The carpenter bee is an ally of the garden, a pollinating insect. It pollinates mainly orchard trees and vegetable garden plants, but also wild flowers in meadows and ornamental beds. So, by encouraging the carpenter bee and recreating its natural habitat in the garden, you can contribute to biodiversity and a balanced garden !
Frequently asked questions about bees, carpenter bees and bumblebees
Q: How can I protect my holiday home from swarms of bees ? Twice now they've taken up residence behind a shutter, and naturally they damage the wood with their honey, which is dangerous for us.
A: I understand, and unfortunately this is very common on second homes. Bees, wasps, hornets and we have no solution to offer you to prevent them from taking up residence when you're away !
Q: I live in the middle of the countryside and I have some charming neighbours with 32 beehives overlooking our pleasant garden. Unfortunately, the bees don't like this approach and our happy place has turned into a real nightmare. They're aggressive and we can't enjoy our garden any more, even without a swimming pool !
A: Bees are protected insects and they look for water to drink. We can't offer you any solutions !
Q: I have a swarm of bees in my fireplace between the brick and the chimney. How can I get rid of them without letting them into the house? I've had a few get into my basement because my fireplace is downstairs. Is it dangerous to heat the fireplace or could that make them leave? Would it be better to wait until winter ?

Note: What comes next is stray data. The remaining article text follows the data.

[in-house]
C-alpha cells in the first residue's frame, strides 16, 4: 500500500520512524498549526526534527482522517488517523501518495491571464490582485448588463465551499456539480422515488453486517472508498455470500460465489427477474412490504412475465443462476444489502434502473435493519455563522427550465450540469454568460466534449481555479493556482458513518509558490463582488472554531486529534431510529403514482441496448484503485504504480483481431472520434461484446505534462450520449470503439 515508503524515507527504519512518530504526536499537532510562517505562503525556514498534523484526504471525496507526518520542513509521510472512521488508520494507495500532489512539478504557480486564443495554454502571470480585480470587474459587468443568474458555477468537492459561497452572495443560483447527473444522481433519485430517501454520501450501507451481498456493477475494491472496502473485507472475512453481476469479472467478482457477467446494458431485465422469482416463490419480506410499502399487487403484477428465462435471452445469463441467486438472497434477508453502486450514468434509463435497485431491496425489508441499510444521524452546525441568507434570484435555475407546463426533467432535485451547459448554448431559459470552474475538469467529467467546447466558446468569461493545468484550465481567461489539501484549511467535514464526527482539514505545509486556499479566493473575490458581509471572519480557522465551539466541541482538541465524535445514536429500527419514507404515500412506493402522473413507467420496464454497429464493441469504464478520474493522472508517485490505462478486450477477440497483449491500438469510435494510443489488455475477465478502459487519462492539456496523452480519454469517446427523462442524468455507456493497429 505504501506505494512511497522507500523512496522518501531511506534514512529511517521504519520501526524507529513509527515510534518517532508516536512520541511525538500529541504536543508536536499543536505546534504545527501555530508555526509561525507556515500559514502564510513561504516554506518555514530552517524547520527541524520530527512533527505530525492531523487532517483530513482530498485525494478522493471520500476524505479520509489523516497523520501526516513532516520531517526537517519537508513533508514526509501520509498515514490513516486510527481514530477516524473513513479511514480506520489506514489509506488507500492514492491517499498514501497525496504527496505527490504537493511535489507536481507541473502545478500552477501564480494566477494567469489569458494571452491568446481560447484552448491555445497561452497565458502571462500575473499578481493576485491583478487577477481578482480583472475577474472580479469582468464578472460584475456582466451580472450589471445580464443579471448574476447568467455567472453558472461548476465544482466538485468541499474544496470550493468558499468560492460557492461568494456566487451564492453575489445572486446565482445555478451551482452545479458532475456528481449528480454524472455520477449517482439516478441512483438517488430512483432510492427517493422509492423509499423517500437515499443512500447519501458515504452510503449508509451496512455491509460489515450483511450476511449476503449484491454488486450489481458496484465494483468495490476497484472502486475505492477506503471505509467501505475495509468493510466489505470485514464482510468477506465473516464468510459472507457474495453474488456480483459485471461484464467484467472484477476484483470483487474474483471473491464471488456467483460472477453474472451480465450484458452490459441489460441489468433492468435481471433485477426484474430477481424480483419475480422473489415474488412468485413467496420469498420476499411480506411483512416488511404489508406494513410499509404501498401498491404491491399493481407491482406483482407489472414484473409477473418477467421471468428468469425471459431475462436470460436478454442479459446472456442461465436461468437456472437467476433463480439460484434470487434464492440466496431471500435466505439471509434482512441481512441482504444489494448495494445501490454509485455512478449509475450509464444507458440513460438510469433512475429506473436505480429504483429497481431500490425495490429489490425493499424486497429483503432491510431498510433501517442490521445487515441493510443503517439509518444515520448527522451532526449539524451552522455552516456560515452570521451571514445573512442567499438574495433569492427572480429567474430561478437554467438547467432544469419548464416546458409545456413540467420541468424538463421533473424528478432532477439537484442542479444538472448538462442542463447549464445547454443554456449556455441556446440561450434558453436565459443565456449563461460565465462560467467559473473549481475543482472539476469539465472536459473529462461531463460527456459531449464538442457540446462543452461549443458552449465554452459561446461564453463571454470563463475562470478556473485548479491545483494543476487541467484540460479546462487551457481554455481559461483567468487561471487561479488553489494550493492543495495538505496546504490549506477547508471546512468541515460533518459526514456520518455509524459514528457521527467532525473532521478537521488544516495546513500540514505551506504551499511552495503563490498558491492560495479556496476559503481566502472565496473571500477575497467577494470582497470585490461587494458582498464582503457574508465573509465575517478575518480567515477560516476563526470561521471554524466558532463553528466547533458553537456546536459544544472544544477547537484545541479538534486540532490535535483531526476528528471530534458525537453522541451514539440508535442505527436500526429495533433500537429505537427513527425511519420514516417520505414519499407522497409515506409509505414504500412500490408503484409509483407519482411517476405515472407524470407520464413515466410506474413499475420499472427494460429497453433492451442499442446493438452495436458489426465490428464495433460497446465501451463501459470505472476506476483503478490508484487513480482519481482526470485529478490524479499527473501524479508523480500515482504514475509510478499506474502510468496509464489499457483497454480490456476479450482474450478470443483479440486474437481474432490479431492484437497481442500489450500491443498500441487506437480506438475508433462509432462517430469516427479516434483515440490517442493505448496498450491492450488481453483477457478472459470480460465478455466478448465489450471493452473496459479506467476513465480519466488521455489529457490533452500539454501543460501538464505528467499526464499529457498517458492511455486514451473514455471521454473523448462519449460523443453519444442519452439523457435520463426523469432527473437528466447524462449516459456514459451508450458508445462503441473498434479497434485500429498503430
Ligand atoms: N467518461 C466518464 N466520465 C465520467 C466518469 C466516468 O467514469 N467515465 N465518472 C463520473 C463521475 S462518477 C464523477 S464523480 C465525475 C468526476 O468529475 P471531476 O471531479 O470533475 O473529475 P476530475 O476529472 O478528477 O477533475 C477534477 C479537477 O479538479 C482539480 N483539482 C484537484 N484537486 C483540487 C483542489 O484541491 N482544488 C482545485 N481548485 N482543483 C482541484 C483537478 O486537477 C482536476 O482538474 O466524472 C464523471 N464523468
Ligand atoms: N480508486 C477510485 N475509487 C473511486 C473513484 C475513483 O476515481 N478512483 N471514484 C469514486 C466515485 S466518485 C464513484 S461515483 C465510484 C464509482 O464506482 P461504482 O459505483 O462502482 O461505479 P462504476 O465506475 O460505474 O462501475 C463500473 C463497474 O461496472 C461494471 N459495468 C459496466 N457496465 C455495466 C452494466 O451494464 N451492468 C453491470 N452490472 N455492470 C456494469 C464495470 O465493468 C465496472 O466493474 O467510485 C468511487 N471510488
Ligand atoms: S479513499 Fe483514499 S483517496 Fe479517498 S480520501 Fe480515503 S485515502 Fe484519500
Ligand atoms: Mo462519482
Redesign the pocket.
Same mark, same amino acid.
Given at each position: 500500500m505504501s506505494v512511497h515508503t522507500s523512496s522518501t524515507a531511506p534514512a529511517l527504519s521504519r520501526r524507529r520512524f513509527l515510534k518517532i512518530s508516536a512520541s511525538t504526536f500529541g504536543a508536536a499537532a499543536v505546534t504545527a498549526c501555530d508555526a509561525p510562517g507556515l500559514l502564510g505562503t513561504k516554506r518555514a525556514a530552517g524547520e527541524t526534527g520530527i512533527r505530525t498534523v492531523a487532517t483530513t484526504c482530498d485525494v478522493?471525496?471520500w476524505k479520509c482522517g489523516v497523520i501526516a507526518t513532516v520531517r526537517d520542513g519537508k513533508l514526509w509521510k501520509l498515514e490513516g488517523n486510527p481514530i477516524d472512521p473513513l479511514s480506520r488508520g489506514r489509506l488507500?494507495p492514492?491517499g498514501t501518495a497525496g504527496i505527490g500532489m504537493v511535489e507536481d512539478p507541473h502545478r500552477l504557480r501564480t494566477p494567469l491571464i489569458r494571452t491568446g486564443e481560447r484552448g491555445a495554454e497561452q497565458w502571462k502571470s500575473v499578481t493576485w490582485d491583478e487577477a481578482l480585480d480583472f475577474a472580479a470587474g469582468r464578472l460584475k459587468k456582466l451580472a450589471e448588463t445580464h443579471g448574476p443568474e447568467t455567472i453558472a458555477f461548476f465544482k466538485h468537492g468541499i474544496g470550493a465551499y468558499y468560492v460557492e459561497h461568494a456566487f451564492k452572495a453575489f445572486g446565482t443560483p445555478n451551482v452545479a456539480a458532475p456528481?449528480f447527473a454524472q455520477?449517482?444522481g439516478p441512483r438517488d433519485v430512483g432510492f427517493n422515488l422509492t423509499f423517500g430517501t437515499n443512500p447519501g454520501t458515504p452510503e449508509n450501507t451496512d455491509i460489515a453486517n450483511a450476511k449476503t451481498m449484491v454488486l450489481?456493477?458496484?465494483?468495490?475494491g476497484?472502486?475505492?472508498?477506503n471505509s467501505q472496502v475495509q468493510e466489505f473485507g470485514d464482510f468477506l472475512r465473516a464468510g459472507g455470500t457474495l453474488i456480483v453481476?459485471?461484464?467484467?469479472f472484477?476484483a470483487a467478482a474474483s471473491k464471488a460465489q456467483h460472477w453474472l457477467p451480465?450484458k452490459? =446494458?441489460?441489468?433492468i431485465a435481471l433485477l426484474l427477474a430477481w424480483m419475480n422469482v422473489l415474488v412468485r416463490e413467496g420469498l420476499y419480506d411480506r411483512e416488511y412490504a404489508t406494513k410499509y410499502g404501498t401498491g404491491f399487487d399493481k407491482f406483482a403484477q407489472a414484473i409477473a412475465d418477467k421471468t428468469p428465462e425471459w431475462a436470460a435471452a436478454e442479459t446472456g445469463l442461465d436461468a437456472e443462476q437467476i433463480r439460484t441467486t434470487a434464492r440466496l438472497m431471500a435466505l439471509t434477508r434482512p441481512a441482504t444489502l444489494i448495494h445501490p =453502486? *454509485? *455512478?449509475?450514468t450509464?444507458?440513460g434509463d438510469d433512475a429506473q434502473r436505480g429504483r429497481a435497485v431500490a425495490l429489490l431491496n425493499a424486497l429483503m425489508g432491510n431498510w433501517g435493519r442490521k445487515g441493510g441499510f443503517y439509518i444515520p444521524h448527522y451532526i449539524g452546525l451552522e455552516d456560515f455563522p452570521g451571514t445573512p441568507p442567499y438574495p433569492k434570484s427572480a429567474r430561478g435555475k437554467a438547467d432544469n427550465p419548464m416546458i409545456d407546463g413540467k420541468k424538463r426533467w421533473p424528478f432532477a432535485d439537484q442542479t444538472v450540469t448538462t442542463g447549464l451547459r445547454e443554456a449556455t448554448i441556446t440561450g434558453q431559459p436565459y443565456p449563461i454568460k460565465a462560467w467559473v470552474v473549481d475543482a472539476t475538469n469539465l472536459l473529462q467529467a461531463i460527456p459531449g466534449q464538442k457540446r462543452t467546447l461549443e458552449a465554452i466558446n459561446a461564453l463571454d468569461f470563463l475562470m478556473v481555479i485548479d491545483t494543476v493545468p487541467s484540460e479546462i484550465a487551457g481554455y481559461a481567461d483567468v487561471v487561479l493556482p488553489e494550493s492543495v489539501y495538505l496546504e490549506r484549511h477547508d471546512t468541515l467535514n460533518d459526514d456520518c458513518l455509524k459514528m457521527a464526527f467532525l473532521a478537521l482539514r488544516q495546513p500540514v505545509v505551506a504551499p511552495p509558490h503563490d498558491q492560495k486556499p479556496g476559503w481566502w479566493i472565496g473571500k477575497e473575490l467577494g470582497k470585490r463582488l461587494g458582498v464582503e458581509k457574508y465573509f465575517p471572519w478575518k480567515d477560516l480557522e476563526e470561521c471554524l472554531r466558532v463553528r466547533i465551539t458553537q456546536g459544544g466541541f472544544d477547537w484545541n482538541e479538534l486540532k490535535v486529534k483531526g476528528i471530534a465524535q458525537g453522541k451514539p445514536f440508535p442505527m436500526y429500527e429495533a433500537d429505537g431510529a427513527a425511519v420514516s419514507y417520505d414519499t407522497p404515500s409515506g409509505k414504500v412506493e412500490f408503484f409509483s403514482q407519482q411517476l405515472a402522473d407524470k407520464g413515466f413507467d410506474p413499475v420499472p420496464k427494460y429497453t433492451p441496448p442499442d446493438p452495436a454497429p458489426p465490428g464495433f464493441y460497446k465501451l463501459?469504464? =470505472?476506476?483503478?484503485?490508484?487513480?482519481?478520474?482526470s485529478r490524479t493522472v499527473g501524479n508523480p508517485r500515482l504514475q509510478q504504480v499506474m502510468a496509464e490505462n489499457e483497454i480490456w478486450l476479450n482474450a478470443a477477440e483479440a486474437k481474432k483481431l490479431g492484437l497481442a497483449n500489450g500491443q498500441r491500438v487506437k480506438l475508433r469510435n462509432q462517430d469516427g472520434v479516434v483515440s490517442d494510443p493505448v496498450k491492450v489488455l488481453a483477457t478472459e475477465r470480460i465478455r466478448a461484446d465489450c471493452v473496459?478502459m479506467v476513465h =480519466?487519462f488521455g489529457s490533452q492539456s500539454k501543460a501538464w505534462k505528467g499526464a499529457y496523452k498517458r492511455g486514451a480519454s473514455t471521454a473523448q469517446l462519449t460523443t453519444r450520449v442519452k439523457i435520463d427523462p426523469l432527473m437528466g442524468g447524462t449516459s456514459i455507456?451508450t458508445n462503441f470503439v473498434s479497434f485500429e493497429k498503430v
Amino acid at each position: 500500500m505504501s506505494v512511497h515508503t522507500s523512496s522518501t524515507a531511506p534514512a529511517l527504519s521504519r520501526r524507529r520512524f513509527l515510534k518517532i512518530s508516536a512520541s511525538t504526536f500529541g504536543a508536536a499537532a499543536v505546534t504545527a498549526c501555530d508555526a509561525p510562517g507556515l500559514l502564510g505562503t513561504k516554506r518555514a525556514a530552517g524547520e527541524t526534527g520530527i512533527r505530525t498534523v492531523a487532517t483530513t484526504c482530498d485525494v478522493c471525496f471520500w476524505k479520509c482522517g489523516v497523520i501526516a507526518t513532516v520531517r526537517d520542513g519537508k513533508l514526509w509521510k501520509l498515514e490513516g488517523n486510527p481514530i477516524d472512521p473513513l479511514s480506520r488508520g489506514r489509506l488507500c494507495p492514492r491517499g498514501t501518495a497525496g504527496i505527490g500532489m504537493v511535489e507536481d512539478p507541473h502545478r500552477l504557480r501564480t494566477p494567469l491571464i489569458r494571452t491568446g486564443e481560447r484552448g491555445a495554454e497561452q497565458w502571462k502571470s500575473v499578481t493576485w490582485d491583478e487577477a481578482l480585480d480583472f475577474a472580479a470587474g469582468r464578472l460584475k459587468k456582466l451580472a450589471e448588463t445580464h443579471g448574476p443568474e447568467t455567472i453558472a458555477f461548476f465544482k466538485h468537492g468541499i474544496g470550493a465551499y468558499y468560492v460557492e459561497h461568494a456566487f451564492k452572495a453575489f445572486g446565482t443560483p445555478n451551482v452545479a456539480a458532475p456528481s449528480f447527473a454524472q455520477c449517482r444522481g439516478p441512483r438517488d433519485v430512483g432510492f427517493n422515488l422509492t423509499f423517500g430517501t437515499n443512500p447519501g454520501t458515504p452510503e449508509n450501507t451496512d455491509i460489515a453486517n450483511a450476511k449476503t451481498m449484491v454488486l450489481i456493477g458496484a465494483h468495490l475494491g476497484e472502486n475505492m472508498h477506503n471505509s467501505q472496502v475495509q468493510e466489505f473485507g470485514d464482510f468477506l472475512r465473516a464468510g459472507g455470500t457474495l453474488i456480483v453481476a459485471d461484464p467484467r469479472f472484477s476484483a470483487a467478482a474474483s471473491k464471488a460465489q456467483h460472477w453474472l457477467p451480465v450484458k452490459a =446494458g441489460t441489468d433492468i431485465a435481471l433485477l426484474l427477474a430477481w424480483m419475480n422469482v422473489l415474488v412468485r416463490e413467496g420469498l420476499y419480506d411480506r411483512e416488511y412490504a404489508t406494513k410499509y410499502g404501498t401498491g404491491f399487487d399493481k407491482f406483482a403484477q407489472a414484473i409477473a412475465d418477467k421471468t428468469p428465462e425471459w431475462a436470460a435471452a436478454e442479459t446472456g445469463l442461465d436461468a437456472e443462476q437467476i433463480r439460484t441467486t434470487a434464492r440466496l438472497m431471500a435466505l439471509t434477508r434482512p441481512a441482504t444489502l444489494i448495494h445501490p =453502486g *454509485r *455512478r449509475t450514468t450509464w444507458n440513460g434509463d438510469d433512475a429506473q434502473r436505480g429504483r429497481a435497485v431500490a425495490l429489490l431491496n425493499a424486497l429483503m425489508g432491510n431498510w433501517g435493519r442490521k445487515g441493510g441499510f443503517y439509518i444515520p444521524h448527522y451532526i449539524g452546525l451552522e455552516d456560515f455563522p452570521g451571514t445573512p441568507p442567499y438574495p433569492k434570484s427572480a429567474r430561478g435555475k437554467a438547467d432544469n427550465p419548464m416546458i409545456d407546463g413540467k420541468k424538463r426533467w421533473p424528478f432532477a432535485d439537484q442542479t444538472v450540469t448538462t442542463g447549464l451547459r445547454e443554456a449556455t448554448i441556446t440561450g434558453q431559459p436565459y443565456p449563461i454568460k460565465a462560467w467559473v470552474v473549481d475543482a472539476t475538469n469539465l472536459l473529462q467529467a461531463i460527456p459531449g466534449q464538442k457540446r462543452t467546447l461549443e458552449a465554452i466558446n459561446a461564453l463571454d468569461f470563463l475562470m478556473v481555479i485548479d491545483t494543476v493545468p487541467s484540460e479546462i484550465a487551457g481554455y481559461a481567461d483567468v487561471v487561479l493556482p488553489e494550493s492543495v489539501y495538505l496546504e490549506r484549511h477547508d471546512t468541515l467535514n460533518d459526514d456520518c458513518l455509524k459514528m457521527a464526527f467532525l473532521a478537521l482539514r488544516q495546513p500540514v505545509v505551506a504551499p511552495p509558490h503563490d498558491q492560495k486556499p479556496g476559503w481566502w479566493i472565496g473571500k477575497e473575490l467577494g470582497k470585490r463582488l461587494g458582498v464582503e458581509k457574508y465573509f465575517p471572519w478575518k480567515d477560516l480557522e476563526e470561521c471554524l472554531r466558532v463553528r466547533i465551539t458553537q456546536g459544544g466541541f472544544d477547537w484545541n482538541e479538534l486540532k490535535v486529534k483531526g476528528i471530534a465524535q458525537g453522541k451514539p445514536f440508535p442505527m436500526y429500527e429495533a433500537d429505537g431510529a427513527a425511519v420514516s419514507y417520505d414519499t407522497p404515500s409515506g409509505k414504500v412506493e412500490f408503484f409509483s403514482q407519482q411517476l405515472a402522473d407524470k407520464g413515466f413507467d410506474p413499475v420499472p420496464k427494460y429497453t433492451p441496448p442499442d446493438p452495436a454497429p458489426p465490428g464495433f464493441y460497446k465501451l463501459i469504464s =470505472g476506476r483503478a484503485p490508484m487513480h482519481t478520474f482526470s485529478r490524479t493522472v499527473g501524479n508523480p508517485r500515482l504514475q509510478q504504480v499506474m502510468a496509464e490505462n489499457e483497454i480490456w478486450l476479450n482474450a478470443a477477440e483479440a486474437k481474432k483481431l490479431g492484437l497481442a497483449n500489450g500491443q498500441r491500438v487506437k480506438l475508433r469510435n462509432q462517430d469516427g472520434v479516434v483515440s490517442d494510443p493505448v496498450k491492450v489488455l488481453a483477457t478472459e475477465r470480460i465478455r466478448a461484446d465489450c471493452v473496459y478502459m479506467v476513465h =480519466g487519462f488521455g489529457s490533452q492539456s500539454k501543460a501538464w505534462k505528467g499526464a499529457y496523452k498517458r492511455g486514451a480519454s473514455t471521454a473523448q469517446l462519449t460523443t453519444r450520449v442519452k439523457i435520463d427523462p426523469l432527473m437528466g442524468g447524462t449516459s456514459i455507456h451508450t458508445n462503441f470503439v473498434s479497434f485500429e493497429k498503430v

A: I'm going to have a hard time answering your question, as it's difficult to locate the swarm in your flue! One thing's for sure: when winter arrives, they'll move into their winter quarters and sleep there for several months, and if you intervene, they'll all die. To make them leave and get some peace of mind, you close your flue with a mosquito net and burn some chimney sweeping compound, which gives off a thick smoke; those that don't leave will probably die.
Q: What product should I use to get rid of the carpenter bees that have taken up residence in the wooden beam of our terrace. In the morning we find a lot of sawdust on the tiles. I should point out that in 1999 we called in a company specialising in the treatment of carpentry with an injection of this product: XYLOPHENE SOP 2000 ESE CERTIFIED CTB P+, but every year in the heat they come back.
A: I'm not sure that our insecticide will solve your problem. Carpenter bees generally only attack wood that is fragile (moisture attack and fungi). You should check with a nail whether your wood is hard or "soft".
Q: I'd like to know whether your 4J 10% insecticide is effective against carpenter bees. If I follow your advice, I'll have to change my roof. The problem is that it's very expensive.
A: Carpenter bees are not "dangerous" insects, but it's true that they dig nests in soft or damaged wood, which can be a problem if you have a lot of them! 4J insecticide diluted to 10% kills hornets. So there's no reason why it shouldn't kill this type of insect.
Q: Bumblebees have taken up residence behind the plasterboard in my child's bedroom. I've broken part of the wall, but I can only see that they're there without getting to the nest directly. And the roof is too high to block access. Even though it's not dangerous and they're useful, I'd like to get rid of them or prevent them from continuing to develop the nest. What products do you offer to repel or destroy bumblebees ?
A: As a repellent, we don't yet have any products for this type of insect. As an insecticide, a product like Pistal is very effective, but its range is only a few metres.